I would like to clarify that I did not like the White House of Hotties because they were Indian. I liked them because they were hot. And wealthy.

Tuesday, May 27, 2008

The Best Look in the World

Twice this week, I have wondered if I am wearing pants. It's not a question of whether I am wearing pants, shorts, or even a skirt, but whether my entire lower half is nude. The question itself does not concern me; it can only mean that I have purchased very comfortable clothing and undergarments if I can entirely forget that they are there. What concerns me is that, instead of looking down to see if I am wearing clothing, I try to figure it out by thinking about my legs and whether or not I can feel material on top of them. I would have thought that my sense of sight would be the default here, the line between two points, but apparently I trust and/or prefer my sense of touch.

Tuesday, May 20, 2008

Not Your Average Tuesday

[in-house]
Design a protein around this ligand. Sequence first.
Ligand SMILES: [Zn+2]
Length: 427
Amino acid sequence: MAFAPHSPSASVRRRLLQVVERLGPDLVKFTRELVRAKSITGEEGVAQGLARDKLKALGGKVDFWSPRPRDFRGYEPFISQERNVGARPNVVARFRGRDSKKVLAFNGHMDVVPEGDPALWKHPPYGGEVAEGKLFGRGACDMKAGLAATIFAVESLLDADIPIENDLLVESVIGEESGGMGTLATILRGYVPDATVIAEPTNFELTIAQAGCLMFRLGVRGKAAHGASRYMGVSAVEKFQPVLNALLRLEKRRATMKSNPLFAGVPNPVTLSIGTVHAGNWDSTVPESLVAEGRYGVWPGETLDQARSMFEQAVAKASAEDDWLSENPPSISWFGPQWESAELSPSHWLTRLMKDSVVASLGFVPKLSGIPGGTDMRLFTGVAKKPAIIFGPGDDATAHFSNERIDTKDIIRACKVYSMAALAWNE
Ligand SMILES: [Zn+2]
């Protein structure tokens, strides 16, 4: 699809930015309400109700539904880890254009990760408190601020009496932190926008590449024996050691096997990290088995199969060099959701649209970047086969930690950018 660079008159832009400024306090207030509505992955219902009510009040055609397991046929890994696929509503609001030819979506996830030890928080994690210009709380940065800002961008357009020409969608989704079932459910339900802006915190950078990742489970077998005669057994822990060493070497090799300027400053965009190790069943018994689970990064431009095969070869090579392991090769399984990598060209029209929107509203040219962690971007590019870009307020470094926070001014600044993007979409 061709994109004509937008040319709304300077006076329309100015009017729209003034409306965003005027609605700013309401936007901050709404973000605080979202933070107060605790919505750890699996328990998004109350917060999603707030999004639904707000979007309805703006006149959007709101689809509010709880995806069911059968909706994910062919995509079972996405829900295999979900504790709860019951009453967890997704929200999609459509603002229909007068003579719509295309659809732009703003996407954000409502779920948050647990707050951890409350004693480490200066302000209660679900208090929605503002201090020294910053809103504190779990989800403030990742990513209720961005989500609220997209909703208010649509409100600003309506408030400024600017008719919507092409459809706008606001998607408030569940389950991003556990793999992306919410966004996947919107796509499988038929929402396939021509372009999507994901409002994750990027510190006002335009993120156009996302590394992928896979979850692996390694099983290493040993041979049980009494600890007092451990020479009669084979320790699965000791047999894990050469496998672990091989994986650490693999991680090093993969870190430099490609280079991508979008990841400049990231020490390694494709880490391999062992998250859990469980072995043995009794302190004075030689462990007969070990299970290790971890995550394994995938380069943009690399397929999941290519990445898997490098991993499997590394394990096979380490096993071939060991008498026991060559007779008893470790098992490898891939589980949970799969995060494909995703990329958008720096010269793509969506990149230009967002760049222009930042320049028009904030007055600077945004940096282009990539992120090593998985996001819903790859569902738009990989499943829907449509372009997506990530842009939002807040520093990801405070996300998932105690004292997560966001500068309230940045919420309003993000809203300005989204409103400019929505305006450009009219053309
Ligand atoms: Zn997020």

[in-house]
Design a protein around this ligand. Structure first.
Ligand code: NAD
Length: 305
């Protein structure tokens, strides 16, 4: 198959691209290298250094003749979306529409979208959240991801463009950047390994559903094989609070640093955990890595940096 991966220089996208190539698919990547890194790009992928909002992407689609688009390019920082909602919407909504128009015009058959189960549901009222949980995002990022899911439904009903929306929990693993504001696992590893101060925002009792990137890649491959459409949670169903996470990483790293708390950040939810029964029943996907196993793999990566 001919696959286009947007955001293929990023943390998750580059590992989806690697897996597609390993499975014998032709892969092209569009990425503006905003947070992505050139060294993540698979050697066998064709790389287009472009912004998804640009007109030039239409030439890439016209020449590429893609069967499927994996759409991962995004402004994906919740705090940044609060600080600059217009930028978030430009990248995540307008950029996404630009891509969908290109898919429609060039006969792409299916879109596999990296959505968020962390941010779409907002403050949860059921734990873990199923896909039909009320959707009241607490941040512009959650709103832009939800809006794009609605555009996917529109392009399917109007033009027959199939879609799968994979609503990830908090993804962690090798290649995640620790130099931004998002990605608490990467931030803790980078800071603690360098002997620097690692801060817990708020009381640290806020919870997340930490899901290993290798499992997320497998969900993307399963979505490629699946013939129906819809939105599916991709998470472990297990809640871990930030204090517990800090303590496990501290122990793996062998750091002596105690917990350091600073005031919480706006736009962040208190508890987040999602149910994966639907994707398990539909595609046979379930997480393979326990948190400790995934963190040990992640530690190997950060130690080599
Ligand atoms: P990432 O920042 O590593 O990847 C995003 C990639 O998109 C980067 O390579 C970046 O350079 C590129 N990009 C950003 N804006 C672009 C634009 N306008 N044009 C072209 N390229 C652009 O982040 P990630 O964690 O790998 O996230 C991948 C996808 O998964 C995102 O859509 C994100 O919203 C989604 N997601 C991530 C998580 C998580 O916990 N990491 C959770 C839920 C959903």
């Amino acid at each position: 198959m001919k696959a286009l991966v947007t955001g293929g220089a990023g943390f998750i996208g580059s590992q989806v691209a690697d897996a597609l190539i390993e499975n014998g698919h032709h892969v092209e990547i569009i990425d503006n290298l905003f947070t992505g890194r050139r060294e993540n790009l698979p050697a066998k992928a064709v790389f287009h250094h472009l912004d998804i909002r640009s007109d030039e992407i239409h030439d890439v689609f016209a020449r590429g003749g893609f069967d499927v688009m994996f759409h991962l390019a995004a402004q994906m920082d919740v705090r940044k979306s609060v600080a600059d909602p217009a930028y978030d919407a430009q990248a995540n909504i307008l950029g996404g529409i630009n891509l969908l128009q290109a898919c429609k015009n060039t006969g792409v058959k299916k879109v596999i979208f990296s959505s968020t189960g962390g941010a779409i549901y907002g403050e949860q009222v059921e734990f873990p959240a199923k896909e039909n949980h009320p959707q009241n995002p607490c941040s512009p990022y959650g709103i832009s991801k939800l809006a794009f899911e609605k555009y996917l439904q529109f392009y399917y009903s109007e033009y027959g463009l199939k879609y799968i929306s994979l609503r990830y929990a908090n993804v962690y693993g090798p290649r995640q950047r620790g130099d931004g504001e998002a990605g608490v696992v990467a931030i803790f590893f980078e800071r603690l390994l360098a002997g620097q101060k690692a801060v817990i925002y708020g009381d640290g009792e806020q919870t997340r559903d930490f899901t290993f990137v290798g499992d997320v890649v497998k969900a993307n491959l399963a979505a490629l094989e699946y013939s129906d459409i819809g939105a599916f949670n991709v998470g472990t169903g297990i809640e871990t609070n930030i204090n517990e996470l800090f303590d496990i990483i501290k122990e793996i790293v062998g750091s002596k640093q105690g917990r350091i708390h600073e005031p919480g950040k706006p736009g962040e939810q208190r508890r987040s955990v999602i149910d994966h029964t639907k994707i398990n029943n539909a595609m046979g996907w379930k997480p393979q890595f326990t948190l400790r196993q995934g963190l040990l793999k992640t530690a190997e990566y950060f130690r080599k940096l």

Since I am not currently employed, I will admit that I sometimes wake up in the double digits. It's not often, but often enough for me to be defensive about it. So yes, it happens a lot. Not that it's any of your business. This morning I awoke at six with a headache. Since I have been battling a head cold and suspected the headache may be due to sinus pressure, I tried to alleviate the discomfort by getting back into bed with a heating pad and a cold compress. After half an hour, my headache was worse and I felt nauseous. I gave up on my useless drug-free methods and returned to my tried and true: two Excedrin Migraine. I hesitate to take my trusty pills because of the substantial dose of caffeine they put into my system. I like caffeine but am not used to large amounts of it, and I am always curious to see how I will react.